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Rare Artifacts come to New Orleans for Exhibition on Spanish Colonial Era

NEW ORLEANS – The Spanish colonial period in New Orleans spanned just four decades of the late 18th and early 19th centuries but established a far-reaching legacy that still resonates today. The Historic New Orleans Collection’s (THNOC) newest exhibition opening Oct. 20, titled “Spanish New Orleans and the Caribbean / La Nueva Orleans y el Caribe españoles”, will be presented in English and Spanish and restores balance to the assessment of New Orleans as a city with a predominately French heritage.

Once under Spanish rule, New Orleans saw infrastructure advancements, economic and population growth, and an enriched cultural life — elevating the city from a poorly managed outpost on the edge of an empire to a highly urbanized colonial capital. Political leaders were well rounded, with backgrounds in science, agriculture and the arts. Alongside Havana, Mexico City, Santo Domingo, Santiago de Cuba and Veracruz, Spanish New Orleans became a New World outpost of the Age of Enlightenment.

“The period of Spanish rule witnessed dramatic changes in the size and makeup of Louisiana’s population,” said THNOC curator Alfred Lemmon. “The culture that emerged was as diverse as the varied peoples drawn here by ambition, greed, scientific curiosity or forced migration.”

The exhibition features more than 120 objects — including maps, documents, furniture, paintings, books and more — from THNOC’s permanent holdings as well as from several institutions in Spain, Mexico and the United States. The display is the first and only time this selection of objects will be presented together in one space.

Items on display also shed light on the lives of marginalized groups in the city during the Spanish era. Church records chronicle marriages between Black and Native American enslaved people, as well as the baptisms of both enslaved Black people and free people of color. Other objects testify to the brutality of the slave trade and show the relationships between local Native American tribes and Spanish colonizers.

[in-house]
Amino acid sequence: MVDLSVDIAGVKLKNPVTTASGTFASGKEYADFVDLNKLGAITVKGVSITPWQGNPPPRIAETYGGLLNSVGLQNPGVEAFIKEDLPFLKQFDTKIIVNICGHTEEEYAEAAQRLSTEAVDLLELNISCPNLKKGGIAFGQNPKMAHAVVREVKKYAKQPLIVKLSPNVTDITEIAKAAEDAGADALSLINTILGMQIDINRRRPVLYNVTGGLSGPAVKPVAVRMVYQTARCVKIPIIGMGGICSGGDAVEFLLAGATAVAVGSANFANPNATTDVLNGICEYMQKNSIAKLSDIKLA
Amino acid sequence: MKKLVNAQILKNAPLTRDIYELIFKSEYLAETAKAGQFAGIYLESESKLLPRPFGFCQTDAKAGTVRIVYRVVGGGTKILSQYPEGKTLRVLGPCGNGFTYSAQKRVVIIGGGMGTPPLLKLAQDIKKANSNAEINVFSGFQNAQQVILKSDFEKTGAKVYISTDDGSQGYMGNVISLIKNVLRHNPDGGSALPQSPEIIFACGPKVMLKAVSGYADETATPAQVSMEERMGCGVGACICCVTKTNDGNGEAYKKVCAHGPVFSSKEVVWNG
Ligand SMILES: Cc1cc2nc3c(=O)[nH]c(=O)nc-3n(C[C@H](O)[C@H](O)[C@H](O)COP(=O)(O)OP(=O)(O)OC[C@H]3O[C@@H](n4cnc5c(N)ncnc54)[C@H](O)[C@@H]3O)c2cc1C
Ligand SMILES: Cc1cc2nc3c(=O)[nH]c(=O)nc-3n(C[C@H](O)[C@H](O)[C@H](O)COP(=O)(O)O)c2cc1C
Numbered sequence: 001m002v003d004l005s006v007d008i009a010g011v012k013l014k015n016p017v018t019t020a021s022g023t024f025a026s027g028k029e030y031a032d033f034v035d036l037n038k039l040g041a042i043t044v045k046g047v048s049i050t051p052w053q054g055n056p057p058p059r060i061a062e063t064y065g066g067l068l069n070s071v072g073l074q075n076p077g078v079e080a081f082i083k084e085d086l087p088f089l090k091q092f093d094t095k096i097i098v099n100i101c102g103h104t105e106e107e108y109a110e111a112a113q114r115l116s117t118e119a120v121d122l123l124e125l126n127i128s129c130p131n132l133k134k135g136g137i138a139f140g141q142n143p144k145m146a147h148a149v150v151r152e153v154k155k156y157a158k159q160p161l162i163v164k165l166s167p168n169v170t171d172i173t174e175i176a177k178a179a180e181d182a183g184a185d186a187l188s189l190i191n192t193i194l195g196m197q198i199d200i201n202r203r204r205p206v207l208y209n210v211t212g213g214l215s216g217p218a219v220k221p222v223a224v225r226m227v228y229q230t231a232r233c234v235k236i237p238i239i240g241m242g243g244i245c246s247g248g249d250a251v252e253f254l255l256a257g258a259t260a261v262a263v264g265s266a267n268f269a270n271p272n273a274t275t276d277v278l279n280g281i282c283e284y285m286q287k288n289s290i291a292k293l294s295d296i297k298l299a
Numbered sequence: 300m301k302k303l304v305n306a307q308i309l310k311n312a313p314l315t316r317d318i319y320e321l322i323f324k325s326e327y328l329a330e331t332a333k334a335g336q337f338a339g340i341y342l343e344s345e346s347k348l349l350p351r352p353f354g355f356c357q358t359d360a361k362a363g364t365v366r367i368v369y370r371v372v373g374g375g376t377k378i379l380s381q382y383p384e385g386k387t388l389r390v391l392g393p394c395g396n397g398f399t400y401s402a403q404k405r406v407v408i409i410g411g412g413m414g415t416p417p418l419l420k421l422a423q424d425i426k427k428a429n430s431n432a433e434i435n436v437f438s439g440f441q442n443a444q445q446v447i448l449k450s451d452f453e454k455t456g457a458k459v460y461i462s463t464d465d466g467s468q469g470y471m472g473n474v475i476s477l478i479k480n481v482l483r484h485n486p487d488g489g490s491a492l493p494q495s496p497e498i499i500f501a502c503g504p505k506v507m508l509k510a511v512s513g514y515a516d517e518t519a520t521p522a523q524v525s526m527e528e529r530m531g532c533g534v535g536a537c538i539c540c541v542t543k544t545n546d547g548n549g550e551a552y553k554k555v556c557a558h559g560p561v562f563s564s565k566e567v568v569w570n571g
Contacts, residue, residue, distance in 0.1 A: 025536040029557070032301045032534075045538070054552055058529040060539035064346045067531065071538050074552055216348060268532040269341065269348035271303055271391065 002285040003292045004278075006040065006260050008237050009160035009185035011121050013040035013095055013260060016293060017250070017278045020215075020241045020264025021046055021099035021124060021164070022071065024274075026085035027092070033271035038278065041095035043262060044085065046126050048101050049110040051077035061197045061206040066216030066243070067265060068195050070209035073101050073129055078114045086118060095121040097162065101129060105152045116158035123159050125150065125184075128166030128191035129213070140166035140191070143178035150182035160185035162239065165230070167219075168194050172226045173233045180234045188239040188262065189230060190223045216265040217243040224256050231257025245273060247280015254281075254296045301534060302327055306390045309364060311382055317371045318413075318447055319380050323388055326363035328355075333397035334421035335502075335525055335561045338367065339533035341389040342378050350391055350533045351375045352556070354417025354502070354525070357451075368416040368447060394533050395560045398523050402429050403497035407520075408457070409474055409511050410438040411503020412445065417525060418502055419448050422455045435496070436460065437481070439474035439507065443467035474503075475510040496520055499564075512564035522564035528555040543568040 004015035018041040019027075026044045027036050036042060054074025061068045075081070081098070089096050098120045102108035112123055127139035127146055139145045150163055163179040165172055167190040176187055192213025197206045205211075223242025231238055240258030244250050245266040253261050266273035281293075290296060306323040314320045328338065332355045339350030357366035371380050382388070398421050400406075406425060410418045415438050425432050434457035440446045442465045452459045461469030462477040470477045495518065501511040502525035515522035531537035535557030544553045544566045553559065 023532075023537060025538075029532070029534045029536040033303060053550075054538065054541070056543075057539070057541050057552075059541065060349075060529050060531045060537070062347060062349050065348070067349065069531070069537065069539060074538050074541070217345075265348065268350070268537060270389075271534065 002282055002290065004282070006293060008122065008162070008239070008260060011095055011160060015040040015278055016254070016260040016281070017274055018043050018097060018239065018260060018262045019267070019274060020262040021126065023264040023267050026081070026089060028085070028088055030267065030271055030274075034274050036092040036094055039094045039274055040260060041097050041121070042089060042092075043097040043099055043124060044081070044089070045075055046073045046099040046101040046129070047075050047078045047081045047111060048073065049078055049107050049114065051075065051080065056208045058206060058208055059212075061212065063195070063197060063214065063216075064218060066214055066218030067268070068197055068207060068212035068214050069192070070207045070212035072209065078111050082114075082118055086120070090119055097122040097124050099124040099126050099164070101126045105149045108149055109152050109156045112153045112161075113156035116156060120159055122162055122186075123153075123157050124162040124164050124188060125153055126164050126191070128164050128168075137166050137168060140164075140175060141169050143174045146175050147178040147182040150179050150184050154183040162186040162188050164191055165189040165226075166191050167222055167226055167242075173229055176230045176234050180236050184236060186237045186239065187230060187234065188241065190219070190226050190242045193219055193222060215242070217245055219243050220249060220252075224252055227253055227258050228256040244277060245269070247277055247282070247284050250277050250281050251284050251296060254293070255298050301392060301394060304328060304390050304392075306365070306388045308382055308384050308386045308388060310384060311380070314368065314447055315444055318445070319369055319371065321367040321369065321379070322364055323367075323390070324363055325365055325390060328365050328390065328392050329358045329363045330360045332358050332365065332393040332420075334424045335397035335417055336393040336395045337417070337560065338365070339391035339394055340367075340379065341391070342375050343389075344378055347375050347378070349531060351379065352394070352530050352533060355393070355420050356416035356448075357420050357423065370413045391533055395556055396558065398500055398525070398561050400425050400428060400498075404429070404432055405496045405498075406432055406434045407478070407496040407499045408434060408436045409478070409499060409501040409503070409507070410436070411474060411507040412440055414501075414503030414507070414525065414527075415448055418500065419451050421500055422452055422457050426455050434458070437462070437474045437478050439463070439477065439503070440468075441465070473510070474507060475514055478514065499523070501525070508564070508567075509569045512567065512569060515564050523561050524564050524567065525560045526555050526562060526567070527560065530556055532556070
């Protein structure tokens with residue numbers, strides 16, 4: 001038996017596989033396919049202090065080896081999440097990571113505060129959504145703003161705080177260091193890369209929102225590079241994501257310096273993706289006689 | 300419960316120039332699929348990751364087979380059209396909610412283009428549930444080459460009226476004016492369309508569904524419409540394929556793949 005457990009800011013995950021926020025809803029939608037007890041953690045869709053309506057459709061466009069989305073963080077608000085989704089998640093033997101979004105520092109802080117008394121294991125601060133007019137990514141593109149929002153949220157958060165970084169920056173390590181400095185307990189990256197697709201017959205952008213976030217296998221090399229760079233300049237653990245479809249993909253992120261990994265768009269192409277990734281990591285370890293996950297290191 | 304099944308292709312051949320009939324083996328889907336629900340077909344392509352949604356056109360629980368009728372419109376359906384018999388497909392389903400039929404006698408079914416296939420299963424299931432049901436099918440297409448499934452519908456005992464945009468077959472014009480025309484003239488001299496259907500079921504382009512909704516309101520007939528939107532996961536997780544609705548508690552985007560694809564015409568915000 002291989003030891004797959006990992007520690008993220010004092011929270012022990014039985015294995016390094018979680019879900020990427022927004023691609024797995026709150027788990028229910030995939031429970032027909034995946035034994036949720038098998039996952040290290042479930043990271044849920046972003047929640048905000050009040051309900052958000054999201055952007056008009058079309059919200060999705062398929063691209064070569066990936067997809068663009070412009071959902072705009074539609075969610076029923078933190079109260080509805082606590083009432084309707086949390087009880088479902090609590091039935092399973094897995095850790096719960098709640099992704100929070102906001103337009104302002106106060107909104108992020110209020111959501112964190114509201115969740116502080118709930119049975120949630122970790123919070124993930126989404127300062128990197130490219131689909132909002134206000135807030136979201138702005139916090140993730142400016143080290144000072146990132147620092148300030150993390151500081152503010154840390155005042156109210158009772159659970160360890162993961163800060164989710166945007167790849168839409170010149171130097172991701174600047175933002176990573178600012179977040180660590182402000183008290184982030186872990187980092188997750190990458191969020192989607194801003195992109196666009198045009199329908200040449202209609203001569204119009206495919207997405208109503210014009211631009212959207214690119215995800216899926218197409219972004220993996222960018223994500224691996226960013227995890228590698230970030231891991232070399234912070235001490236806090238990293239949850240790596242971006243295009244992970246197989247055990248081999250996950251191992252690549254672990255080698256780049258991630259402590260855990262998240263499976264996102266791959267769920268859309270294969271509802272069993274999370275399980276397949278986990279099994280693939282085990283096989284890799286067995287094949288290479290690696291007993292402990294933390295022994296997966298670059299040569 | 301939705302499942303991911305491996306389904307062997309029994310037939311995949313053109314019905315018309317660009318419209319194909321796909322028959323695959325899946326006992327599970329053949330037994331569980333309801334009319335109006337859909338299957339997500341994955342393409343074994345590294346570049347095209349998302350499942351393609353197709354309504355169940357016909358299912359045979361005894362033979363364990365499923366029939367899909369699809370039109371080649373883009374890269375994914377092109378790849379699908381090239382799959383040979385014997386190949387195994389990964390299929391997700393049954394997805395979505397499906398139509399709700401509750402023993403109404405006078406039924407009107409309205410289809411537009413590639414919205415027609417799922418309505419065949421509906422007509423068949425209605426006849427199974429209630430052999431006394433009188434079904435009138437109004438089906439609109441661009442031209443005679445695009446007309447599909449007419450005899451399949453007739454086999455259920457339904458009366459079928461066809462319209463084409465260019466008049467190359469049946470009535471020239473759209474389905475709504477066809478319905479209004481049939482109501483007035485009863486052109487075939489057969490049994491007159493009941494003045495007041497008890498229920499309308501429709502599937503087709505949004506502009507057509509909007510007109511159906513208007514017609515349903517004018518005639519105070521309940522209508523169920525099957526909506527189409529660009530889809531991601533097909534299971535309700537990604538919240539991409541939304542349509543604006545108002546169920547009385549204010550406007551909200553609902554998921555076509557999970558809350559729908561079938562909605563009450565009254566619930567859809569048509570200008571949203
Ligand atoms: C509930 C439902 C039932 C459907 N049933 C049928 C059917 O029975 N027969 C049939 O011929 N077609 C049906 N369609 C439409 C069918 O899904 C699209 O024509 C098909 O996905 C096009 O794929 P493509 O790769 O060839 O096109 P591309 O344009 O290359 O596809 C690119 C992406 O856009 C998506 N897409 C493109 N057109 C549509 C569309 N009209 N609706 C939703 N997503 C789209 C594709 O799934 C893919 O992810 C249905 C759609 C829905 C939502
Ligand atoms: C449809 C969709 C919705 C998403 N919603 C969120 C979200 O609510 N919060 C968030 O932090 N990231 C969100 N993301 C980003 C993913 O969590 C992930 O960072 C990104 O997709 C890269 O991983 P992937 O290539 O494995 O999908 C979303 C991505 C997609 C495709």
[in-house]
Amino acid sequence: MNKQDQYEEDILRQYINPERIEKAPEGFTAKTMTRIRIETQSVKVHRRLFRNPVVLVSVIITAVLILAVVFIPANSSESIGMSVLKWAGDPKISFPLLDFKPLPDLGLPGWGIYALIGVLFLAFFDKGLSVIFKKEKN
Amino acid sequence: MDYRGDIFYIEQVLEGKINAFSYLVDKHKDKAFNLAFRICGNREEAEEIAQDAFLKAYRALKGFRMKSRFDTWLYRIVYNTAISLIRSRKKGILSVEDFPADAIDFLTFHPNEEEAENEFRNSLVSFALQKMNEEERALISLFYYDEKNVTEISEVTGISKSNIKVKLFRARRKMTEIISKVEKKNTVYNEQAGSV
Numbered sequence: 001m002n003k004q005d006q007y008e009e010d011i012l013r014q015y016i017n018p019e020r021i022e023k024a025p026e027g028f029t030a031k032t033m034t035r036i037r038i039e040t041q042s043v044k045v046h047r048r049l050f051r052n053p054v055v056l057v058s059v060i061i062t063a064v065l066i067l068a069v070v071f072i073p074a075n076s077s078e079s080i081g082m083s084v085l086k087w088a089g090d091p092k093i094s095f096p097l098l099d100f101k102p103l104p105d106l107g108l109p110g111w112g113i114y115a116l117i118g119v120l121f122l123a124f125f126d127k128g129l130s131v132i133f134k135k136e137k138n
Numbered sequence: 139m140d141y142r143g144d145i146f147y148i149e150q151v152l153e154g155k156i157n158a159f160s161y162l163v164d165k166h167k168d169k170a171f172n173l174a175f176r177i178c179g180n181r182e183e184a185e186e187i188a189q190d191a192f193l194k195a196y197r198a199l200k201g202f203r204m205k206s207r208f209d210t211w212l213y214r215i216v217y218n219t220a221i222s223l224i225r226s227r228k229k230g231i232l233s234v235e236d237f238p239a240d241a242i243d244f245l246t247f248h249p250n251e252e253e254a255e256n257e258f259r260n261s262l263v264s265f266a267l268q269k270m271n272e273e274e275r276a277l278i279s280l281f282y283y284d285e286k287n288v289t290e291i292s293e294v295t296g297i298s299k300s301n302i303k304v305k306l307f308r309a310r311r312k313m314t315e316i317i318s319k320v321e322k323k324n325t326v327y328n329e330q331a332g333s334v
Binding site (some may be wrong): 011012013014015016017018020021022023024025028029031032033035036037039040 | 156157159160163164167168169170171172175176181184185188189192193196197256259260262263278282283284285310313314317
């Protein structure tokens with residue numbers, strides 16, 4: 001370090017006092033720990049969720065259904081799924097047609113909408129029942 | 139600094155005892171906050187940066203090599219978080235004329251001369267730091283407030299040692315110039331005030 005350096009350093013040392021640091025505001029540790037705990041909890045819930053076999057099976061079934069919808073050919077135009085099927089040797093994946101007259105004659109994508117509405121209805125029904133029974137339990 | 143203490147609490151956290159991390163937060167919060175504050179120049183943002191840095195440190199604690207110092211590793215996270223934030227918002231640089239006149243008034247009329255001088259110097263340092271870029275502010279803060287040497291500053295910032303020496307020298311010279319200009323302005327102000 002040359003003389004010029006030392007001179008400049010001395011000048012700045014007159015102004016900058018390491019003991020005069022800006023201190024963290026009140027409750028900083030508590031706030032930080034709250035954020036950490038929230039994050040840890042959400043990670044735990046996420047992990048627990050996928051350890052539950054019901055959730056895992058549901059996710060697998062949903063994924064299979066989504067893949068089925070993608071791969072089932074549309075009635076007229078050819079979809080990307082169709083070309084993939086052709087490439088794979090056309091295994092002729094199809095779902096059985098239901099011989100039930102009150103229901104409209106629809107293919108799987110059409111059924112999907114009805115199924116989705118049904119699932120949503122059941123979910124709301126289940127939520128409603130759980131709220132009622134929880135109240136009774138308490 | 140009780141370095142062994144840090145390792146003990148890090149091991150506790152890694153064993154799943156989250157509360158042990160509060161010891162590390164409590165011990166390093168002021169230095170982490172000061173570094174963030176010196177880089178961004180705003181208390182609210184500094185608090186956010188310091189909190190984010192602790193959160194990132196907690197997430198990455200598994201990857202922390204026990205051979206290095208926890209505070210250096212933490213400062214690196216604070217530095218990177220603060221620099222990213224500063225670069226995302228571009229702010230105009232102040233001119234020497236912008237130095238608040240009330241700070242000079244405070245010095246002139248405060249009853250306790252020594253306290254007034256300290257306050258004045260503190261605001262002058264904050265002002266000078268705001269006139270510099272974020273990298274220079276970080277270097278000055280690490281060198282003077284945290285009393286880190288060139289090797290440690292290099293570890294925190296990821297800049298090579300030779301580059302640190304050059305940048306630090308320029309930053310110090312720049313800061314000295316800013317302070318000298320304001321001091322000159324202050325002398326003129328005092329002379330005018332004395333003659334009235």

In a first for THNOC, “Spanish New Orleans and the Caribbean / La Nueva Orleans y el Caribe españoles” will be presented in both English and Spanish.

A bilingual exhibition catalog will also be published to commemorate the exhibition. With essays by Lemmon as well as scholars Richard Campanella and Light Townsend Cummins, the book illuminates the far-reaching legacy of Spain’s brief dominion over Louisiana. The hardcover, full-color catalog also features over 75 images of exhibition items and includes an illustrated checklist.

“One of the founders of The Historic New Orleans Collection, General L. Kemper Williams, carefully collected materials related to the Spanish Louisiana experience,” Lemmon said. “As subsequent generations of curators continued to build upon General Williams’ interests, two phenomena emerged: the remarkable legacy of Spanish colonial times, and the profound public unfamiliarity with this legacy. As both tribute and corrective, The Historic New Orleans Collection proudly presents this exhibition.”

Generous support for this exhibition was provided by THNOC’s 2022 Bienville Society, Baptist Community Ministries, the Louise H. Moffett Family Foundation and Spain Arts & Culture.

“Spanish New Orleans and the Caribbean” will be on view on the first level of THNOC’s Tricentennial Wing at 520 Royal St. in the French Quarter from Oct. 20, 2022, through Jan. 22, 2023. Admission is free. Advance reservations are recommended and may be made at beginning Thursday, Oct.13, 2022. For more information, visit

Related programs

The following events and activities will take place in conjunction with the bilingual exhibition. Admission is free. Details on these events and more are available at

Wednesday, Oct. 19, 2022, at 7 p.m.

“Concert Spirituel: Saint-Domingue and New Orleans,” the 15th installment of “Musical Louisiana: America’s Cultural Heritage” presented by THNOC and the Louisiana Philharmonic Orchestra conducted by Pedro Memelsdorff. Guest performers will include Hyunkun Cho, Markéta Cukrová, Jean-Christophe Dijoux, Claron McFadden, Belén Vaquero, and Jonathan Woody.

St. Louis Cathedral in Jackson Square

Wednesday, Nov. 9, 2022, from 6-8 p.m.

Harpsichord recital featuring John Walthausen

THNOC’s Williams Research Center, 410 Chartres St.

Thursday, Dec. 15, 2022, at 6 p.m.

Spanish Baroque Music of the Americas, concert featuring Mahmoud Chouki and Paul Weber with Krewe de Voix Chamber Choir

St. Louis Cathedral in Jackson Square


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